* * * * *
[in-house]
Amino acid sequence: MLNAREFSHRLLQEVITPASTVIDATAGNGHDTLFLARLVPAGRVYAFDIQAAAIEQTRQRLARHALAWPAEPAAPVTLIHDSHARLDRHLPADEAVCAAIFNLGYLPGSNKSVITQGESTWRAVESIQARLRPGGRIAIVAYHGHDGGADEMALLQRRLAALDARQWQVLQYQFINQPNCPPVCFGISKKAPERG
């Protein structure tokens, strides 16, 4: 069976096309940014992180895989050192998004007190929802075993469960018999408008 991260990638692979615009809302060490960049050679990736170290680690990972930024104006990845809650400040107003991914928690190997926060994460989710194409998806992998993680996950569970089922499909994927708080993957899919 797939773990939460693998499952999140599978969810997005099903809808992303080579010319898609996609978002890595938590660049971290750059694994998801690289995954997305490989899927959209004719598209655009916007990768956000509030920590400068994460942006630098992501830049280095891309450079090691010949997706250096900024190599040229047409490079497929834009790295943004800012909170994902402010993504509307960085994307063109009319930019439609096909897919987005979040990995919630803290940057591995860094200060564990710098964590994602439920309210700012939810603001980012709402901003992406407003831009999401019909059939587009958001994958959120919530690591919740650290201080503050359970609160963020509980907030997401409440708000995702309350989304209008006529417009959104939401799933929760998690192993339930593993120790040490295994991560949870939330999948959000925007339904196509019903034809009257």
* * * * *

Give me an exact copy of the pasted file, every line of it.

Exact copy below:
[in-house]
Amino acid sequence: MLNAREFSHRLLQEVITPASTVIDATAGNGHDTLFLARLVPAGRVYAFDIQAAAIEQTRQRLARHALAWPAEPAAPVTLIHDSHARLDRHLPADEAVCAAIFNLGYLPGSNKSVITQGESTWRAVESIQARLRPGGRIAIVAYHGHDGGADEMALLQRRLAALDARQWQVLQYQFINQPNCPPVCFGISKKAPERG
């Protein structure tokens, strides 16, 4: 069976096309940014992180895989050192998004007190929802075993469960018999408008 991260990638692979615009809302060490960049050679990736170290680690990972930024104006990845809650400040107003991914928690190997926060994460989710194409998806992998993680996950569970089922499909994927708080993957899919 797939773990939460693998499952999140599978969810997005099903809808992303080579010319898609996609978002890595938590660049971290750059694994998801690289995954997305490989899927959209004719598209655009916007990768956000509030920590400068994460942006630098992501830049280095891309450079090691010949997706250096900024190599040229047409490079497929834009790295943004800012909170994902402010993504509307960085994307063109009319930019439609096909897919987005979040990995919630803290940057591995860094200060564990710098964590994602439920309210700012939810603001980012709402901003992406407003831009999401019909059939587009958001994958959120919530690591919740650290201080503050359970609160963020509980907030997401409440708000995702309350989304209008006529417009959104939401799933929760998690192993339930593993120790040490295994991560949870939330999948959000925007339904196509019903034809009257």